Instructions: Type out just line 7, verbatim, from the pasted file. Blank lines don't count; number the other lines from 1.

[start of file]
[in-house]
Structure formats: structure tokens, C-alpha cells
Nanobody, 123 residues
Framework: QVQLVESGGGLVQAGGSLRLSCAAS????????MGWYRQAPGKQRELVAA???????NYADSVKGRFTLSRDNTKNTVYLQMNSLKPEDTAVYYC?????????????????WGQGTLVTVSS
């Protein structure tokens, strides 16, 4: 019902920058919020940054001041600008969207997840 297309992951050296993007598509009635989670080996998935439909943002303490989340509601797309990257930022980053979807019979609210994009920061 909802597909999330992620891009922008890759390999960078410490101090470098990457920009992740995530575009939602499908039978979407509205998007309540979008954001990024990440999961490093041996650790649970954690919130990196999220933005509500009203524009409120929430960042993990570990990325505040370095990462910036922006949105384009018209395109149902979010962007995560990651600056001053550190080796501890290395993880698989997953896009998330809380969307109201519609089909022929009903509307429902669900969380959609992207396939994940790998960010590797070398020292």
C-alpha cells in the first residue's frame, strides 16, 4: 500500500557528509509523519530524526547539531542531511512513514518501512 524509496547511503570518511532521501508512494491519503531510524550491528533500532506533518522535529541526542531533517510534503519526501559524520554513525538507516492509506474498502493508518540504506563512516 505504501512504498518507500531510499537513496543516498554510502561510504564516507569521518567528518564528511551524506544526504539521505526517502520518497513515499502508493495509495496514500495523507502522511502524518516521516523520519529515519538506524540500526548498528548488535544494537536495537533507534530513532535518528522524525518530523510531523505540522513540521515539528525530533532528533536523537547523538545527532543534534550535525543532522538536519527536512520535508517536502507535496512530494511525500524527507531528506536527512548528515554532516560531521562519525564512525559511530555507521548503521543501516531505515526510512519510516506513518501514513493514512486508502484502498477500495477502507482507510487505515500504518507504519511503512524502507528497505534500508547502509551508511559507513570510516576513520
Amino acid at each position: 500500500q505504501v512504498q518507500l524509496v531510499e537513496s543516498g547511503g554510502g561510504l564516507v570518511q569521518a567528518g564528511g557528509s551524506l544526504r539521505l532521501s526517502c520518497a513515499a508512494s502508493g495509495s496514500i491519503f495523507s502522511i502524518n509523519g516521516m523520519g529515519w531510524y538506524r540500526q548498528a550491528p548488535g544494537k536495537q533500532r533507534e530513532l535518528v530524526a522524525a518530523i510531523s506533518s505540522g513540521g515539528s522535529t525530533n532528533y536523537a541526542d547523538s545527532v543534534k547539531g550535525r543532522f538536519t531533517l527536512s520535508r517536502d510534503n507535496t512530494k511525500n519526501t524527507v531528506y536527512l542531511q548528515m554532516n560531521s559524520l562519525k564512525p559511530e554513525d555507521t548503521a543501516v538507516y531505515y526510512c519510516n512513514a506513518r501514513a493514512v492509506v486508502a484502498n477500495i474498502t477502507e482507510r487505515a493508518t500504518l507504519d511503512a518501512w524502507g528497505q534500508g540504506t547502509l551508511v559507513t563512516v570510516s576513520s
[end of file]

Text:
Amino acid at each position: 500500500q505504501v512504498q518507500l524509496v531510499e537513496s543516498g547511503g554510502g561510504l564516507v570518511q569521518a567528518g564528511g557528509s551524506l544526504r539521505l532521501s526517502c520518497a513515499a508512494s502508493g495509495s496514500i491519503f495523507s502522511i502524518n509523519g516521516m523520519g529515519w531510524y538506524r540500526q548498528a550491528p548488535g544494537k536495537q533500532r533507534e530513532l535518528v530524526a522524525a518530523i510531523s506533518s505540522g513540521g515539528s522535529t525530533n532528533y536523537a541526542d547523538s545527532v543534534k547539531g550535525r543532522f538536519t531533517l527536512s520535508r517536502d510534503n507535496t512530494k511525500n519526501t524527507v531528506y536527512l542531511q548528515m554532516n560531521s559524520l562519525k564512525p559511530e554513525d555507521t548503521a543501516v538507516y531505515y526510512c519510516n512513514a506513518r501514513a493514512v492509506v486508502a484502498n477500495i474498502t477502507e482507510r487505515a493508518t500504518l507504519d511503512a518501512w524502507g528497505q534500508g540504506t547502509l551508511v559507513t563512516v570510516s576513520s